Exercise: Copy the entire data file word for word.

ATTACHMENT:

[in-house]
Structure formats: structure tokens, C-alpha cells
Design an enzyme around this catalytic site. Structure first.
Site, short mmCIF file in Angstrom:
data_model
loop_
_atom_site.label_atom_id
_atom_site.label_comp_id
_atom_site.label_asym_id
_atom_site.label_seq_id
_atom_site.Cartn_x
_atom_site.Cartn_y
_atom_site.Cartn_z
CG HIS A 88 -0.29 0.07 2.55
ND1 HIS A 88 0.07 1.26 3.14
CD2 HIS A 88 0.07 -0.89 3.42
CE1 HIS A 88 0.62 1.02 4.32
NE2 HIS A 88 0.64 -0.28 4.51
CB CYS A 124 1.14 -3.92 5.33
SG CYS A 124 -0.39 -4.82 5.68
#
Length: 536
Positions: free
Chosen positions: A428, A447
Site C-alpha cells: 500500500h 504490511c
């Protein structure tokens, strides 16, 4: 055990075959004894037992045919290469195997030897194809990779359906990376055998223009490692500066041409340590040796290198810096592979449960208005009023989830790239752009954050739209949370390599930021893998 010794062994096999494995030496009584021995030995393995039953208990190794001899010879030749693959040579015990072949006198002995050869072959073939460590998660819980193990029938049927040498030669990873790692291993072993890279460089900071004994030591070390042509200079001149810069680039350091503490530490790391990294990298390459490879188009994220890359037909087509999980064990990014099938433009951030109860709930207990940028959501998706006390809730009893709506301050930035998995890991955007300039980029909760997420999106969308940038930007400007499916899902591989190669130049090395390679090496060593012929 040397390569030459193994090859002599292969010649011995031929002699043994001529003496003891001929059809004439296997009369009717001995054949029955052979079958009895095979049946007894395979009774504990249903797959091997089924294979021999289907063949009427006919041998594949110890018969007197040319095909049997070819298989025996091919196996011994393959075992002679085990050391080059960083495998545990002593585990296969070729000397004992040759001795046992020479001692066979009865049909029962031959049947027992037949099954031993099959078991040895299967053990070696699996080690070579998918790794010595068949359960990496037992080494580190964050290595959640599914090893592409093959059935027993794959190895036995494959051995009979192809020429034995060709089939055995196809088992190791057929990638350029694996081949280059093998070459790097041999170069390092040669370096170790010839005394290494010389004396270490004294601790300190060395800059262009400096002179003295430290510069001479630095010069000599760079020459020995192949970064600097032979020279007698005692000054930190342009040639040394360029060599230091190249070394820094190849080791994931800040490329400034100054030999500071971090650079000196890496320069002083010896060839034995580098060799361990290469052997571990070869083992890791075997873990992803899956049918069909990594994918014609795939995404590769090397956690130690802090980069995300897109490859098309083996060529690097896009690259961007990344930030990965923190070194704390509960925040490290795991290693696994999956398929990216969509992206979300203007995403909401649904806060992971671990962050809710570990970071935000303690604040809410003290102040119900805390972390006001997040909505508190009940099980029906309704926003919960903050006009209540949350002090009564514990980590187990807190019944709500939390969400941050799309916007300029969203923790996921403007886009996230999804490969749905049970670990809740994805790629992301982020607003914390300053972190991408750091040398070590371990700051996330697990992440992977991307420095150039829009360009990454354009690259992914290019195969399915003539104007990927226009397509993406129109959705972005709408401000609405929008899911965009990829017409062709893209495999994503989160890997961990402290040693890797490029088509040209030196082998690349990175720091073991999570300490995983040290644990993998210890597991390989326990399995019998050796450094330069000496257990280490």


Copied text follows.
[in-house]
Structure formats: structure tokens, C-alpha cells
Design an enzyme around this catalytic site. Structure first.
Site, short mmCIF file in Angstrom:
data_model
loop_
_atom_site.label_atom_id
_atom_site.label_comp_id
_atom_site.label_asym_id
_atom_site.label_seq_id
_atom_site.Cartn_x
_atom_site.Cartn_y
_atom_site.Cartn_z
CG HIS A 88 -0.29 0.07 2.55
ND1 HIS A 88 0.07 1.26 3.14
CD2 HIS A 88 0.07 -0.89 3.42
CE1 HIS A 88 0.62 1.02 4.32
NE2 HIS A 88 0.64 -0.28 4.51
CB CYS A 124 1.14 -3.92 5.33
SG CYS A 124 -0.39 -4.82 5.68
#
Length: 536
Positions: free
Chosen positions: A428, A447
Site C-alpha cells: 500500500h 504490511c
């Protein structure tokens, strides 16, 4: 055990075959004894037992045919290469195997030897194809990779359906990376055998223009490692500066041409340590040796290198810096592979449960208005009023989830790239752009954050739209949370390599930021893998 010794062994096999494995030496009584021995030995393995039953208990190794001899010879030749693959040579015990072949006198002995050869072959073939460590998660819980193990029938049927040498030669990873790692291993072993890279460089900071004994030591070390042509200079001149810069680039350091503490530490790391990294990298390459490879188009994220890359037909087509999980064990990014099938433009951030109860709930207990940028959501998706006390809730009893709506301050930035998995890991955007300039980029909760997420999106969308940038930007400007499916899902591989190669130049090395390679090496060593012929 040397390569030459193994090859002599292969010649011995031929002699043994001529003496003891001929059809004439296997009369009717001995054949029955052979079958009895095979049946007894395979009774504990249903797959091997089924294979021999289907063949009427006919041998594949110890018969007197040319095909049997070819298989025996091919196996011994393959075992002679085990050391080059960083495998545990002593585990296969070729000397004992040759001795046992020479001692066979009865049909029962031959049947027992037949099954031993099959078991040895299967053990070696699996080690070579998918790794010595068949359960990496037992080494580190964050290595959640599914090893592409093959059935027993794959190895036995494959051995009979192809020429034995060709089939055995196809088992190791057929990638350029694996081949280059093998070459790097041999170069390092040669370096170790010839005394290494010389004396270490004294601790300190060395800059262009400096002179003295430290510069001479630095010069000599760079020459020995192949970064600097032979020279007698005692000054930190342009040639040394360029060599230091190249070394820094190849080791994931800040490329400034100054030999500071971090650079000196890496320069002083010896060839034995580098060799361990290469052997571990070869083992890791075997873990992803899956049918069909990594994918014609795939995404590769090397956690130690802090980069995300897109490859098309083996060529690097896009690259961007990344930030990965923190070194704390509960925040490290795991290693696994999956398929990216969509992206979300203007995403909401649904806060992971671990962050809710570990970071935000303690604040809410003290102040119900805390972390006001997040909505508190009940099980029906309704926003919960903050006009209540949350002090009564514990980590187990807190019944709500939390969400941050799309916007300029969203923790996921403007886009996230999804490969749905049970670990809740994805790629992301982020607003914390300053972190991408750091040398070590371990700051996330697990992440992977991307420095150039829009360009990454354009690259992914290019195969399915003539104007990927226009397509993406129109959705972005709408401000609405929008899911965009990829017409062709893209495999994503989160890997961990402290040693890797490029088509040209030196082998690349990175720091073991999570300490995983040290644990993998210890597991390989326990399995019998050796450094330069000496257990280490």